Helper engine communications?

Discussion in 'Operations' started by tripphd, Apr 11, 2011.

  1. tripphd

    tripphd Member

    I was wondering how the engineers in the separate engines communicated what they were doing as relates to throttle settings and bnaking. Working/playing on the sim the other day and got to thinking about remote lashups today and the old days.
  2. yardmaster

    yardmaster Administrator Staff Member Administrator Supporter

    As I've always understood it: whistle signals. Back in the mid 1990s, there was an interesting series of articles in Great Model Railroads (I think?) written by a former Espee fireman/engineer, who wrote of helper operations on the Tehachapi line. His stories were complimented by model recreations by the San Diego club that's modeled the pass.

    Maybe Don W. or others can chime in with more specifics.

    Best Regards,
  3. frisco1522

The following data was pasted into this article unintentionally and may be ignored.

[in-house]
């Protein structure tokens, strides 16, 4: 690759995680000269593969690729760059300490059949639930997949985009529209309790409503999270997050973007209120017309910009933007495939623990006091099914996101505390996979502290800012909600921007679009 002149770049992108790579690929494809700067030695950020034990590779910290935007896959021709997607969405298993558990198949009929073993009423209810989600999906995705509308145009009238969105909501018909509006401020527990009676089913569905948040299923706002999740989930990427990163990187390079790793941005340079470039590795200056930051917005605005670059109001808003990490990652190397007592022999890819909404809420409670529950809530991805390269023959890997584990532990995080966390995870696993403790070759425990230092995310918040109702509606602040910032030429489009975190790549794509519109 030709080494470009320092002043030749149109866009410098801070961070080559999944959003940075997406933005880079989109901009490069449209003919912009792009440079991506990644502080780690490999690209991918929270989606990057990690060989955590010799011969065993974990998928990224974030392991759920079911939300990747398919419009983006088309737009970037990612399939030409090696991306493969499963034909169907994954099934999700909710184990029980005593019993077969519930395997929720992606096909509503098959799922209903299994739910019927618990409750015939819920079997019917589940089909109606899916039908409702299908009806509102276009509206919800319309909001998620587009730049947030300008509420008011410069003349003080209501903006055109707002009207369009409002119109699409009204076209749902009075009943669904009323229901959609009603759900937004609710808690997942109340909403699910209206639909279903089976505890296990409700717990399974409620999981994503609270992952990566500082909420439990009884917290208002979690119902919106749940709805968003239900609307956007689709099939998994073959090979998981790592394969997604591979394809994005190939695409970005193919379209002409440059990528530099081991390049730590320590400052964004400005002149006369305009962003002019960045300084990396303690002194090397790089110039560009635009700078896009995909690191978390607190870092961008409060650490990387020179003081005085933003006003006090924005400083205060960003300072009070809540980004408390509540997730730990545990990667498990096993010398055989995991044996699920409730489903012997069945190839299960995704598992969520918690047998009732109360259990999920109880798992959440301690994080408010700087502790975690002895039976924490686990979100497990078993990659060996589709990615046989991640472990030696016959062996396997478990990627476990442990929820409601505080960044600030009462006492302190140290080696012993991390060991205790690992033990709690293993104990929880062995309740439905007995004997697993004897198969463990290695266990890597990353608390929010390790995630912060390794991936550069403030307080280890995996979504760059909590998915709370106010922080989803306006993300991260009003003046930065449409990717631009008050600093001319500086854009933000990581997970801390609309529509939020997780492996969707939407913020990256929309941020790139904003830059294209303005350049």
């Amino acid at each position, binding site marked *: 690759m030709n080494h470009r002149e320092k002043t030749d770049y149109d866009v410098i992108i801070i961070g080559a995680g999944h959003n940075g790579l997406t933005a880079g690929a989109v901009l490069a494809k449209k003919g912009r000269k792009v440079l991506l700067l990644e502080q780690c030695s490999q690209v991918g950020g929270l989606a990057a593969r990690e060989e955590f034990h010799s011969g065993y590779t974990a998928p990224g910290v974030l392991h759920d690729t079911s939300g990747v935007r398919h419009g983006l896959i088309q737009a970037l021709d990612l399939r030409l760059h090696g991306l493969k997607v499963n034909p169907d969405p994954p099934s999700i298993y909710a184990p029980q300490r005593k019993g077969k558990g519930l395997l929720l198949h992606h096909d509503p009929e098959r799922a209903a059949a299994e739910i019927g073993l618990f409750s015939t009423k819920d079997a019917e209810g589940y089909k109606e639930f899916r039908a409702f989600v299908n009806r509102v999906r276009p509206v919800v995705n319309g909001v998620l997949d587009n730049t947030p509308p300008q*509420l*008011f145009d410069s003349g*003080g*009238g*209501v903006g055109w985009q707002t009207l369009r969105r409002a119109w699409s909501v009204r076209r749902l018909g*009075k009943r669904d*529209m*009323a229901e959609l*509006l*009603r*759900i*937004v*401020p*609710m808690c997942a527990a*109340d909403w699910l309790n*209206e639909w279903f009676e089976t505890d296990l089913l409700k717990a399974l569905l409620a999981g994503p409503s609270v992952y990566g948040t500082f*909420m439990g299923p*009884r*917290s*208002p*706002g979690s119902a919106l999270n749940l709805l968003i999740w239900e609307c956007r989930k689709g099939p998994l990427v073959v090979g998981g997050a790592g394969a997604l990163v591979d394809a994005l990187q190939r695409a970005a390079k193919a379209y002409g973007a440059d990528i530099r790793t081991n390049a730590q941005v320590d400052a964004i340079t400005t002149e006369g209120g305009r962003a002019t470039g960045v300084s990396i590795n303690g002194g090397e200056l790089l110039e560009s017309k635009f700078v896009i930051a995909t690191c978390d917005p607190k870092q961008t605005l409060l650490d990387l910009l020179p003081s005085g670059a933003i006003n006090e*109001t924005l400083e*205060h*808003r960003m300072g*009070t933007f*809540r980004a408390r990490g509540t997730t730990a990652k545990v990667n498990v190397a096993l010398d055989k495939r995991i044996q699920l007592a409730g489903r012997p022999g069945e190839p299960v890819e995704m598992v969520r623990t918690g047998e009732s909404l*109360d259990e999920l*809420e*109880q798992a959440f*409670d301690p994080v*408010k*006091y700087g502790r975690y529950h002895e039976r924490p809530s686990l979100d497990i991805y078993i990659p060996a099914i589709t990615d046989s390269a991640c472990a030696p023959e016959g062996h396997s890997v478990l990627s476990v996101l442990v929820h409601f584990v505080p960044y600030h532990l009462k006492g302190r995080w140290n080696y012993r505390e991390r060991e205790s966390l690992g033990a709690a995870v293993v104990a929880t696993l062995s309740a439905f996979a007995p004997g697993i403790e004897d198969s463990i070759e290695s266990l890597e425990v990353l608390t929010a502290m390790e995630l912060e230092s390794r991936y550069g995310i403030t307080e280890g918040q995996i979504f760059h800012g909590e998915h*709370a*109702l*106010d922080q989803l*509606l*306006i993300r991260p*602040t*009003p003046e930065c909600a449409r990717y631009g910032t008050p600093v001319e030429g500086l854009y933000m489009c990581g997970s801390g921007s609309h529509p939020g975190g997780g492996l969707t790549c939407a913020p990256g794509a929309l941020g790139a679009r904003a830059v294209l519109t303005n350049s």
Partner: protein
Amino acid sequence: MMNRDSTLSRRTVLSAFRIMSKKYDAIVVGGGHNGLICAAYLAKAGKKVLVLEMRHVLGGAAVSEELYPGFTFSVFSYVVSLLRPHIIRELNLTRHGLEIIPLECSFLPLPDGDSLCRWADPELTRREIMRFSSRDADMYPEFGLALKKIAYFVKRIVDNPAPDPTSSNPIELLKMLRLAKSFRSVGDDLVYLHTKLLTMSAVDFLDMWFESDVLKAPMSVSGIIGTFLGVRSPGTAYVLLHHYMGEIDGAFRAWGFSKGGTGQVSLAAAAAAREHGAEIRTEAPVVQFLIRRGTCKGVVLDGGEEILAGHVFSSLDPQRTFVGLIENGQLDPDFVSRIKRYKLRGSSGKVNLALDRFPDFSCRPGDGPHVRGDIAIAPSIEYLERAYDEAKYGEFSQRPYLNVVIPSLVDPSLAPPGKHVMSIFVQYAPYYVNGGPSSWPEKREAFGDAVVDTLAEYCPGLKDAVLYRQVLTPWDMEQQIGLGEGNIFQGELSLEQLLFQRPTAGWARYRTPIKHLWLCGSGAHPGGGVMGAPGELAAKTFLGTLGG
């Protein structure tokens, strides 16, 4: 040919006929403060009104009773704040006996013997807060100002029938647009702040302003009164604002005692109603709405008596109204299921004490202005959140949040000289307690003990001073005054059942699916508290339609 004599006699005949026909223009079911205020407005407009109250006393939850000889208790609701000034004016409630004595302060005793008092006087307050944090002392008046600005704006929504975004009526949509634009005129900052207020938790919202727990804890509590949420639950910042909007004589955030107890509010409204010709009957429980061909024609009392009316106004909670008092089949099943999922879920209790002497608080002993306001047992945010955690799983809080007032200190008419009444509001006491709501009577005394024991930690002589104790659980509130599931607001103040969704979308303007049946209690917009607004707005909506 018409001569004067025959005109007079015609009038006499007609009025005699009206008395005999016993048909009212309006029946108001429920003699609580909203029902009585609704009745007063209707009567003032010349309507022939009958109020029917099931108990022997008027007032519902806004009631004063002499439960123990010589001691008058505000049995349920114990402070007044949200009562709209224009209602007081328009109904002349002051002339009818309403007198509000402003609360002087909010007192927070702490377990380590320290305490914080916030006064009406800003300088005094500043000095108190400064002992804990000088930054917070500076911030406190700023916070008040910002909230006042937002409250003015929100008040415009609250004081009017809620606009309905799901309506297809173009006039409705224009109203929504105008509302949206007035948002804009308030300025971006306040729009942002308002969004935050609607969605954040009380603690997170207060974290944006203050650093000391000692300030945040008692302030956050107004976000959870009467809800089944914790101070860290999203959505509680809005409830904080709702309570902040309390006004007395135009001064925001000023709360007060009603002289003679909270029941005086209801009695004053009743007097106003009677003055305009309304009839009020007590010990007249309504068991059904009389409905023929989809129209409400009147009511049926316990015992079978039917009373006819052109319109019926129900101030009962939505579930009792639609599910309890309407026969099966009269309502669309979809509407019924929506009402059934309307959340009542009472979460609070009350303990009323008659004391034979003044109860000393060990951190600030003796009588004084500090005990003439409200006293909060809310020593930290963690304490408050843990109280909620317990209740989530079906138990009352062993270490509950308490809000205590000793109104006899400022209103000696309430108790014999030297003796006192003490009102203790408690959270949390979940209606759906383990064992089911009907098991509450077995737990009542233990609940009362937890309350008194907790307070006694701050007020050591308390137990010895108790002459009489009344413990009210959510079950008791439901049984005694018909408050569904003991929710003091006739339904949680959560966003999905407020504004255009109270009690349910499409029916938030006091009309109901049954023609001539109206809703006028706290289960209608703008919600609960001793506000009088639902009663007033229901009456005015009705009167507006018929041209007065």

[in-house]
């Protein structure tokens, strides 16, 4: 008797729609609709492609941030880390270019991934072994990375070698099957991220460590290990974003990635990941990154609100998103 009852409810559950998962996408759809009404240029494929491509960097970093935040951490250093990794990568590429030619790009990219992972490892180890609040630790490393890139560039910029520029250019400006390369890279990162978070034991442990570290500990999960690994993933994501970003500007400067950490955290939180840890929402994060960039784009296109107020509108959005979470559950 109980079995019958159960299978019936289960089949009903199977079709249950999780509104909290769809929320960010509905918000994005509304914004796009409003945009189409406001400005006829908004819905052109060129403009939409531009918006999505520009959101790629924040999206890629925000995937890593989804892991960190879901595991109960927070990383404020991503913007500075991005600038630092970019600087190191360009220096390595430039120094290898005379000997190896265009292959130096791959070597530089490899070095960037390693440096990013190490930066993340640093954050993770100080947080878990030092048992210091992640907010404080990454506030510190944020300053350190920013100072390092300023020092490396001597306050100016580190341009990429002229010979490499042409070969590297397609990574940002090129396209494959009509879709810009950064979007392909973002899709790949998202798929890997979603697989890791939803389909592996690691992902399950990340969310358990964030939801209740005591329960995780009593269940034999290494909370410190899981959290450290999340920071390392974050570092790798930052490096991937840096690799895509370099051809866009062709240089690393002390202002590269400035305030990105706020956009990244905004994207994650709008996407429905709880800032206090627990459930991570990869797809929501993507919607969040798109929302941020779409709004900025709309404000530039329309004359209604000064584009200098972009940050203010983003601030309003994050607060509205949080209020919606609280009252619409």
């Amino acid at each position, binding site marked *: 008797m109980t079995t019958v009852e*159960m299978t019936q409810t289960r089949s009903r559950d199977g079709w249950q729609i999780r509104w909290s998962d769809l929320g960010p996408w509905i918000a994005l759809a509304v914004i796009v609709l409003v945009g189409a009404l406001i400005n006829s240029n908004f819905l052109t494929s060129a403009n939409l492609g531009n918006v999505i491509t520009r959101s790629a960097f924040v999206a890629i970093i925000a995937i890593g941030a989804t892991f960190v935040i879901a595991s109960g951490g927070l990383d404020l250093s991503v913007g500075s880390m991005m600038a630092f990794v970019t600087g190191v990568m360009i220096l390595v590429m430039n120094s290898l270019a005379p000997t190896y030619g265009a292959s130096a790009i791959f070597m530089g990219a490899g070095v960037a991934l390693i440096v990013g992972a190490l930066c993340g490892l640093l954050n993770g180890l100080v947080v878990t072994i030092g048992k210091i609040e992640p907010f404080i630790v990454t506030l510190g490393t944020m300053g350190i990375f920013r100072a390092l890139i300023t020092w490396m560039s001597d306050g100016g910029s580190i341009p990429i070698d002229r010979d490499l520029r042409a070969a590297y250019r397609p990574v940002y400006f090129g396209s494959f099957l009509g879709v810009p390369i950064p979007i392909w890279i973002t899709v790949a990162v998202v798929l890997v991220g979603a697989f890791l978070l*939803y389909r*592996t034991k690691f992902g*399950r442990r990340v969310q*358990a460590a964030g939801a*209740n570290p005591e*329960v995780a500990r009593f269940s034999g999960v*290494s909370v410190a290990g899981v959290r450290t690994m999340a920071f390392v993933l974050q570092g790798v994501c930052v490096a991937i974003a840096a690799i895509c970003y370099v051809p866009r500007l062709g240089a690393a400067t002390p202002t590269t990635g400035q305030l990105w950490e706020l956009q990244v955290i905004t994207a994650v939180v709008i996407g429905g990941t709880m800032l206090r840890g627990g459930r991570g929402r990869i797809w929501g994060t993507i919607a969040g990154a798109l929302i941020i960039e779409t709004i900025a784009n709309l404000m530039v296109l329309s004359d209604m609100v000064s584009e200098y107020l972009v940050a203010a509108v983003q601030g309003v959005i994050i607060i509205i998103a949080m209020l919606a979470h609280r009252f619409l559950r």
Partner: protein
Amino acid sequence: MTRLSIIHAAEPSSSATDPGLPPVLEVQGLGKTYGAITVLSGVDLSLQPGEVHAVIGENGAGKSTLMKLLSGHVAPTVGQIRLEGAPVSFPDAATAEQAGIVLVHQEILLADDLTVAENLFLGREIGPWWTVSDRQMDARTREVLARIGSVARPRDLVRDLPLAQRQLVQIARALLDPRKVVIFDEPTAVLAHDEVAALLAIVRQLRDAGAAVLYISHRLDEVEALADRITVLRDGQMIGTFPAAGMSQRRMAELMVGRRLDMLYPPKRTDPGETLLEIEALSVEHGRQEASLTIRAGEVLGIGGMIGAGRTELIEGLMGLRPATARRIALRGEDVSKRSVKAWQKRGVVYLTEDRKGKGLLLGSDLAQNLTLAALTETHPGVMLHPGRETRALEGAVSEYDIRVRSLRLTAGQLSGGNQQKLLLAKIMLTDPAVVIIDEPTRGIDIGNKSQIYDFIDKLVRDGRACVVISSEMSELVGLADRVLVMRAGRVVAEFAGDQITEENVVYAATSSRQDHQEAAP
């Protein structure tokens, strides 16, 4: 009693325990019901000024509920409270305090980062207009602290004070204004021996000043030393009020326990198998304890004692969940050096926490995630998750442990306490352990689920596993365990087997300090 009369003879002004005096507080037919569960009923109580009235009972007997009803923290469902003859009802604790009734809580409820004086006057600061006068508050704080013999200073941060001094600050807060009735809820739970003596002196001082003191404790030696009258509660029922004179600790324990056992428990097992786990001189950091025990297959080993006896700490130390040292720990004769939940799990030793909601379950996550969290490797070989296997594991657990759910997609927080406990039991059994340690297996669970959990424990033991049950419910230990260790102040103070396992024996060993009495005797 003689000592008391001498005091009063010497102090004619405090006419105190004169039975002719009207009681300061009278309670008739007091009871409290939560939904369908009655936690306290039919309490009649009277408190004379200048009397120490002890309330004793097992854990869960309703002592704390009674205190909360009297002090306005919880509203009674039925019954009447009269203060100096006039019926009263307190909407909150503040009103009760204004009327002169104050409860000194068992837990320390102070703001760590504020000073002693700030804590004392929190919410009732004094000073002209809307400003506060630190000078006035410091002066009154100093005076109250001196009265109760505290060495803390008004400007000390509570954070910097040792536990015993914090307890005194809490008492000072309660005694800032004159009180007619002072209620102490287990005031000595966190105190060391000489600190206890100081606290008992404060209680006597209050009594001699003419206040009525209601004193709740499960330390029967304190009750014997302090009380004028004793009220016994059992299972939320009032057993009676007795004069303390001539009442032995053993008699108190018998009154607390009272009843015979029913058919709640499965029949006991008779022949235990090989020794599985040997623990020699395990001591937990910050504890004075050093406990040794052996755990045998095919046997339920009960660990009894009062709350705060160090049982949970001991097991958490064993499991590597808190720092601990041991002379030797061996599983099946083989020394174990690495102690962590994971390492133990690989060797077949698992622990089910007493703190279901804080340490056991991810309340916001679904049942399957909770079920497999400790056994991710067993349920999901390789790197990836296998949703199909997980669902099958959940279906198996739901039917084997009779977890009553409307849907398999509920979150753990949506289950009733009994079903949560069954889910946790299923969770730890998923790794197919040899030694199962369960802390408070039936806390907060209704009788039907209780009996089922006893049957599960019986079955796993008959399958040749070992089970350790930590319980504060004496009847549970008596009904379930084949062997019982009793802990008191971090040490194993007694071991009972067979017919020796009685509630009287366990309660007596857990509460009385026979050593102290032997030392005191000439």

frisco1522 Staff Member Staff Member

    If the helper was on the head end, it was no big deal. The road engine would start the train and work till it had as much as it could handle then the helper cut in. Usually got up to track speed in good shape then. The lead engine handled the air. After it cut off, the air was returned to the second engineer.
    If the helper was on the hind end, whistles prevailed. When the lead engine whistled off, the helper engineer watched the air gauge until the brakes started releasing and then gently started shoving, trying to balance the train correctly. He kept a close watch on the air gauge to see when the lead engine was making any reductions to avoid scattering cars. On stopping, I would imagine he would carefully bunch the slack before stopping and cutting off. Sometimes, the helper on the hind end would cut off on the fly (management was skeptical of this) by the hind brakeman or conductor closing the angle cock on the caboose and lifting the pin when it was slacked. MP used to do this most of the time on Kirkwood Hill.
    Now, it's either DPU or radio. 1522 is set up to MU with a diesel, but nobody is needed in the diesel cab unless you wanted dynamic brakes.